Women’s History Month: Heidi Phelps
BYT at large | Mar 24, 2015 | 1:30PM |

March is Women’s History Month. Throughout the month we’ll be profiling D.C. based women you should know. Amy Morse, the founder of Ideas Club, is heading the project. Today she profiles Heidi Phelps. If you’d like to suggest someone for Amy to profile, tweet at her. -ed.

Heidi Phelps is a badass artist, reader, DJ, and an appreciator of French perfumes and literature (particularly poets of the 19th and 20th Centuries). Like a meticulously woven blanket, her versatility as an artist is layered with references to personal experiences as a modern professional woman. Heidi was a longtime casual artist before she began publishing her artwork in 2012. She launched (the awesome) Wayward Broad Studio, her independently run, femme-forward art studio, specializing in portraits of iconic women from life and lore (see some from BUST Magazine, Benevolent Media). She also created Modern Love Design, a wedding stationery design company specializing in personalized, unique and contemporary layouts and illustrations (a great name choice, obviously).  She has an affinity for sewing pattern illustration of the 1950s and 1960s, Victorian fashion, historical figures, the imagery surrounding current events and pop culture.

When she is not in the studio, Heidi can occasionally be found behind a set of turntables as DJ Miss Align, hosting one of her dj nights: Girlschool or Destination Venus. Heidi collaborates with Girls Rock RI and Girls Rock DC (like the bookish and musical Megan Sheils) to design and lead workshops for girls and women on the “History of Women Who Rock” (a history of female musicians spanning the 1920’s through 2000’s, from Sister Rosetta Tharpe, Memphis Minnie and Big Mama Thornton to Loretta Lynn, Patsy Cline, Deborah Harry, Patti Smith and Poison Ivy Rorschach, to the Go-Gos, Sleater Kinney, Missy Elliot and Lady Gaga and countless more). She has deejayed Girlschool and Destination Venus, that emphasize female musicians, who are so often under-represented in rock history (check out Rolling Stone’s “100 Greatest Guitarists of All Time“, for example, and you’ll see about 2 women on the list; there are dozens of seriously influential female guitarists that are left out).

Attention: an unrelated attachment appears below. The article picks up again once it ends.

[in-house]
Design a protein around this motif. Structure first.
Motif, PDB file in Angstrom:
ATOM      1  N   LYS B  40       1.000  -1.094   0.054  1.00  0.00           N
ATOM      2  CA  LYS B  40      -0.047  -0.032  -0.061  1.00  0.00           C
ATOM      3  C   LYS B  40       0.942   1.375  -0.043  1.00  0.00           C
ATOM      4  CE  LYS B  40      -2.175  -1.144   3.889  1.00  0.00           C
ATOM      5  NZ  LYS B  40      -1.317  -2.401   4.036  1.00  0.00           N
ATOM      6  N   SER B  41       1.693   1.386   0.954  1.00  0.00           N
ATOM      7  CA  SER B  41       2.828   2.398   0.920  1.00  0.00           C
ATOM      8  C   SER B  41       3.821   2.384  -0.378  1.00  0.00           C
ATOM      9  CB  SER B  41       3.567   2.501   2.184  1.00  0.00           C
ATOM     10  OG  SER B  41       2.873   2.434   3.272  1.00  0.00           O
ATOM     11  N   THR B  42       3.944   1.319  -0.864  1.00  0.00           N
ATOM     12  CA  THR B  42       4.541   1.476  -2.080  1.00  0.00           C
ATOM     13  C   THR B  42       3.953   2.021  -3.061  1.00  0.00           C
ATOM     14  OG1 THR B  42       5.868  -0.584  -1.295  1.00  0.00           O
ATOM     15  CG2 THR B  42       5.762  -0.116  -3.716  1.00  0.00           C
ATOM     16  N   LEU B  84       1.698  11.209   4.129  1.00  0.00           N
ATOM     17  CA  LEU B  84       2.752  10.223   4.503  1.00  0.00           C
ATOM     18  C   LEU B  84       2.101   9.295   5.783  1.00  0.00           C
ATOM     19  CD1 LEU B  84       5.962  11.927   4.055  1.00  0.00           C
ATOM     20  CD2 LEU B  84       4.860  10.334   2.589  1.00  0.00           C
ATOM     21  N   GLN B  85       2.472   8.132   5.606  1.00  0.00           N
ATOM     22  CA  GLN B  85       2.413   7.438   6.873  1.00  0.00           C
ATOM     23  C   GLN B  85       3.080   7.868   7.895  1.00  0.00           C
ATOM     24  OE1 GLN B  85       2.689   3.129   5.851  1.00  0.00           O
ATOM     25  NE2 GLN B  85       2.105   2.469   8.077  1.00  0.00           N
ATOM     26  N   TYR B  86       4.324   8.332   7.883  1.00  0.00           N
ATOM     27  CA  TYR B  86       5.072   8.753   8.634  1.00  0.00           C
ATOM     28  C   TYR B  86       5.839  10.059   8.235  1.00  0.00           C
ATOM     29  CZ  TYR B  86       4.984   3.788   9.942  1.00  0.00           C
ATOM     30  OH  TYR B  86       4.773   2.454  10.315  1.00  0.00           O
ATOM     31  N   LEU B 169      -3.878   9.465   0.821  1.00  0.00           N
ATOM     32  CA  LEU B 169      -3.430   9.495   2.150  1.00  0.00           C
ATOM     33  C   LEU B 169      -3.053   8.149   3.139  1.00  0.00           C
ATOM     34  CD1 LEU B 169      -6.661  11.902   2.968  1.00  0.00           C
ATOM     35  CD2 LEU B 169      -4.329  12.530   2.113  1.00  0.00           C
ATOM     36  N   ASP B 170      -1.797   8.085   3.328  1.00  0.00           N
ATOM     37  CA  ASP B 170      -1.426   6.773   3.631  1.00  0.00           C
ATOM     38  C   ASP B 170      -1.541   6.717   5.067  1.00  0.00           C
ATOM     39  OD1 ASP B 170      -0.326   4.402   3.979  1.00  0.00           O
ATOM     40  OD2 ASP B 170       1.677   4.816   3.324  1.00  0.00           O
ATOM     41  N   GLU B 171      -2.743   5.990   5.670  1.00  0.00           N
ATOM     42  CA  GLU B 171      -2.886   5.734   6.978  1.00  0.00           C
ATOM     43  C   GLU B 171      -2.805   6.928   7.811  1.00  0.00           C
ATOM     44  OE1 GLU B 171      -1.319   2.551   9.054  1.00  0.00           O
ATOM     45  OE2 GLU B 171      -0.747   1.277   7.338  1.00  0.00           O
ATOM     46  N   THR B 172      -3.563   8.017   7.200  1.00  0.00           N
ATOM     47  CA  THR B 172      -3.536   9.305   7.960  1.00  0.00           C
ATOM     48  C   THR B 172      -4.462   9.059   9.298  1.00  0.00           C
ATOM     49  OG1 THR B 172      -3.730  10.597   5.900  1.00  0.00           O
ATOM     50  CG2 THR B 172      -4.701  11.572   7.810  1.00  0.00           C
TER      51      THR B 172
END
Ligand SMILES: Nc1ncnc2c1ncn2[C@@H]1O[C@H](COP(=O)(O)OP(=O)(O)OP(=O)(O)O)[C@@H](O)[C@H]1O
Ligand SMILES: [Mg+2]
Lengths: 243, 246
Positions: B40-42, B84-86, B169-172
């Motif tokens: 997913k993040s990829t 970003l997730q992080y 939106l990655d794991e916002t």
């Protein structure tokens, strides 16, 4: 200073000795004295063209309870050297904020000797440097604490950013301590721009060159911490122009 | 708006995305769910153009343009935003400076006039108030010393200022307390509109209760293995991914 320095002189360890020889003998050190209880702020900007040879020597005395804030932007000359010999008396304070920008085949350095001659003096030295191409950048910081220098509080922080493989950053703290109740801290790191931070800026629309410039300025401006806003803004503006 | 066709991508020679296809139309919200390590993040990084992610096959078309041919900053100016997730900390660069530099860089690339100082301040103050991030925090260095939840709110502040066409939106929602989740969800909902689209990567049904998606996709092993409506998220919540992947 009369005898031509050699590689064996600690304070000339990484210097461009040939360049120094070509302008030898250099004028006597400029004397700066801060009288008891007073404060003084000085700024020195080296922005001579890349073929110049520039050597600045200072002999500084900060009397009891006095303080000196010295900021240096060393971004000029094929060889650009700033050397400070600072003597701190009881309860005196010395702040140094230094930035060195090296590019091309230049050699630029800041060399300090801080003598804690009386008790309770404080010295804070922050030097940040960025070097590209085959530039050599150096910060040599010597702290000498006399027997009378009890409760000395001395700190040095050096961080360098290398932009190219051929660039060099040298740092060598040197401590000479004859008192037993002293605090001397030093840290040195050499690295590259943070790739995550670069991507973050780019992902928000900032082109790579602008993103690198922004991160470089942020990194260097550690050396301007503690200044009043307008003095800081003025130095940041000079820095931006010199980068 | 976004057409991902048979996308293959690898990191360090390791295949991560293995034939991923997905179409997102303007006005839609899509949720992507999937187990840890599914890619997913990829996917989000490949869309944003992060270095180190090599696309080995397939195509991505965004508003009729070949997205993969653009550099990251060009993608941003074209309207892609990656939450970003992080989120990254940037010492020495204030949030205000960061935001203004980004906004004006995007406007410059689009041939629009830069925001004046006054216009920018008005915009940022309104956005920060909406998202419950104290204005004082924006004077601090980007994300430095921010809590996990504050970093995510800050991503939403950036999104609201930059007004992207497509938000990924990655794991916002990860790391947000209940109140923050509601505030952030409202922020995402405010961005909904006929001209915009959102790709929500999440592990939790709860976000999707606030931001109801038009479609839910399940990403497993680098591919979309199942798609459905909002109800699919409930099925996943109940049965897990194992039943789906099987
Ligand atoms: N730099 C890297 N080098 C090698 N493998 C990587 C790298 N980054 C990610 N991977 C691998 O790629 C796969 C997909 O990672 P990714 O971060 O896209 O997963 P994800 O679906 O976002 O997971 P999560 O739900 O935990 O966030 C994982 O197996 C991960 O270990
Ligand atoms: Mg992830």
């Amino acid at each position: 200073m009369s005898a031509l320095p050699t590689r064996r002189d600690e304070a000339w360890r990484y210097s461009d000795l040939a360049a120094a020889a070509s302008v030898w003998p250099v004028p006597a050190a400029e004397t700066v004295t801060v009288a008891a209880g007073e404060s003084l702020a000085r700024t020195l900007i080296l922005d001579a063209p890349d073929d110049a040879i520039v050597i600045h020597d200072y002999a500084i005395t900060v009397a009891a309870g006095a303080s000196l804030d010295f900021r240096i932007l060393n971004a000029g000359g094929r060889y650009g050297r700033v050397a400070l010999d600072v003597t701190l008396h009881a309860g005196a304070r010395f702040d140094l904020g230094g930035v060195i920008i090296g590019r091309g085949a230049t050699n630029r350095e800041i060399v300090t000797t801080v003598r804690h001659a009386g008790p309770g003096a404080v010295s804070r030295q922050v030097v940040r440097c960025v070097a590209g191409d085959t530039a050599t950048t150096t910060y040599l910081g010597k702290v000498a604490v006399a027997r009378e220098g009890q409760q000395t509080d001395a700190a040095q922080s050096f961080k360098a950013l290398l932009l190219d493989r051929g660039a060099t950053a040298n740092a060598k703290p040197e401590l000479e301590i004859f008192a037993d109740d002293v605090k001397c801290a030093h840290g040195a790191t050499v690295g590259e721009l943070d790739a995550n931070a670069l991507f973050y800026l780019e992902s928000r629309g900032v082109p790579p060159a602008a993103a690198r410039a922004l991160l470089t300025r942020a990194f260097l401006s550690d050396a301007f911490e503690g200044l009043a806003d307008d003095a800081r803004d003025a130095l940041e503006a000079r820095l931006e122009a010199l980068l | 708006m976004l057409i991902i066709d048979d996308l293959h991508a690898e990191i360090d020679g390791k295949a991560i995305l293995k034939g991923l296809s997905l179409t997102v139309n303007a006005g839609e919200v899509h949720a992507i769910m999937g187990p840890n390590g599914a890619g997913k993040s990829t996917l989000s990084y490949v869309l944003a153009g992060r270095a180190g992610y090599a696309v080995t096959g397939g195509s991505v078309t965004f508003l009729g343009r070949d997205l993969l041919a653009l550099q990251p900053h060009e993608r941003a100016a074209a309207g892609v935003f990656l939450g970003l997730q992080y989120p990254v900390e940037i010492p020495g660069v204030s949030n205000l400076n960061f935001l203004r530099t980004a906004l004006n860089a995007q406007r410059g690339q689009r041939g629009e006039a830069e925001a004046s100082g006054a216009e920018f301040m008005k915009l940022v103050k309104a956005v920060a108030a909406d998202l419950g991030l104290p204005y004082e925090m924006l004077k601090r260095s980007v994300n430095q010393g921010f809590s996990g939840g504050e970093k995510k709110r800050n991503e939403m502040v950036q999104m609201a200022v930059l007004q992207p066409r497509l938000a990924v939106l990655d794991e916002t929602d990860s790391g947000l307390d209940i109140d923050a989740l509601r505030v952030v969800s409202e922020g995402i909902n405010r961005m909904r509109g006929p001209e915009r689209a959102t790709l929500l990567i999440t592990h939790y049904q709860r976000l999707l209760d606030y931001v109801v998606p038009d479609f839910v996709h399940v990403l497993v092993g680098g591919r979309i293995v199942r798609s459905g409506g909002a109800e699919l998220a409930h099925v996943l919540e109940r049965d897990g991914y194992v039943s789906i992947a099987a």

She wants to have an impact in her community through her artwork and through encouraging women and girls to “find their voice.”  Her artwork emphasizing women in history (music or otherwise) encourages conversations about how women are depicted in mainstream culture – particularly, what aspects of women’s behavior we routinely admire or vilify. She is also passionate about promoting female musicians.

Woman She Admires

Frida Kahlo. Frida was a remarkable woman all around. She used herself as her subject matter, putting her raw physical and emotional pain onto canvas and on display. Surrealists (Andre Breton in particular) wanted to put her into the Surrealist camp, but Frida rejected that label, explaining that her work was NOT surreal; she was painting from her very real, lived existence.

Frida was a survivor. When she was given the fate of her leg amputation, Frida was quoted as saying, “Feet, what do I need them for, if I have wings to fly?” She didn’t hide the incredible pain she lived through, and used art as a way to push through the crushing setbacks life would throw her way. Heidi finds this an incredibly brave and courageous way to live.

Heidi visited Frida’s house (the Casa Azul) a few years ago when they were running an exhibition of her family photographs. Heidi was struck by the photos of Frida painting while in post-surgery recovery, in traction and in body casts. To Heidi, Frida is the epitome of strength, truth and passion; three principles that certainly embody the feminist movement.